DEVELOPING A RESEARCH AGENDA FOR INTEGRATING MICROCOMPUTER-BASED LABORATORY IN SCIENCE TEACHING

Science educators are concerned that a major block to mastery of science concepts is a lack of graphing skills. Many studies have indicated that students lack sufficient graphing skills needed to do well in mathematics and science. Science educators must help students learn science and mathematics and realize the utility of mathematics in science learning.

The current science reform committees including the American Association for the Advancement of Science (AAAS, 1989), the National Science Teachers Association (NSTA; Aldridge, 1989), and the National Councilof Teachers of Mathematics (NCTM, 1989) have proposed changes in curriculum to include more emphasis on graphing and the interpretation of graphs together with the use of technology.
Effective use of the Microcomputer-Based Laboratory (MBL) in the teaching of science depends on the integration of the computer with existing and new instructional strategies.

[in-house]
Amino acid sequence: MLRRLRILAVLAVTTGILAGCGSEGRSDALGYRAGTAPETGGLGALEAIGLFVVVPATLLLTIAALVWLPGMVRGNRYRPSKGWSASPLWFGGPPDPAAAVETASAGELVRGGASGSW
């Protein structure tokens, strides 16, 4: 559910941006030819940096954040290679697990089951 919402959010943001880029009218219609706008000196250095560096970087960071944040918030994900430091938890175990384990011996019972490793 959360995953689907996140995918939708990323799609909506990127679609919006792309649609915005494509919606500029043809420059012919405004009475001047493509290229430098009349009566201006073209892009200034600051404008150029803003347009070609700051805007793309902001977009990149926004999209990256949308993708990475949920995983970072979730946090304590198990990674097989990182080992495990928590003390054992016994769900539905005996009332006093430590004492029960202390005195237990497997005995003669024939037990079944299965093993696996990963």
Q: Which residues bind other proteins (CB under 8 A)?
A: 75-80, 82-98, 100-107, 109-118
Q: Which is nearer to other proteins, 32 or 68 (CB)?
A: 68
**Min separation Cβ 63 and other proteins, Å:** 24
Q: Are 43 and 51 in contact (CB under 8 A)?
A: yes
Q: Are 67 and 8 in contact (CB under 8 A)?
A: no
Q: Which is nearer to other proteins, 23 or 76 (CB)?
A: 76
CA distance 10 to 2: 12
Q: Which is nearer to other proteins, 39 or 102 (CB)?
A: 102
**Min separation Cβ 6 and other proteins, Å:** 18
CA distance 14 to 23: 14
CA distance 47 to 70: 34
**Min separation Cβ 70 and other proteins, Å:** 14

Looking at MBL literature gives some indication as to the need for further study. Discrepancies become apparent as the theoretical relationships between the characteristics of MBL and the research based findings were reviewed. There are also discrepancies when the perspectives of teachers who use MBL are compared to theoretical and research-based expectations. In order to make the most of the future potential for computer usage in science and mathematics education, educators must realize its theoretical and practical features. Setting the research agenda for the effective use of MBL in science classroom can help to maximize the prospects for successful school improvement projects while minimizing the innovation-related frustrations of individuals.

Index Words: Microcomputers, MBL, Computer-Assisted Instruction (CAI), Integrated Science & Mathematics,
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By

Hyosoon Kim Han, Ph.D.
The Ohio State University, 1994
Professor Arthur L. White, Adviser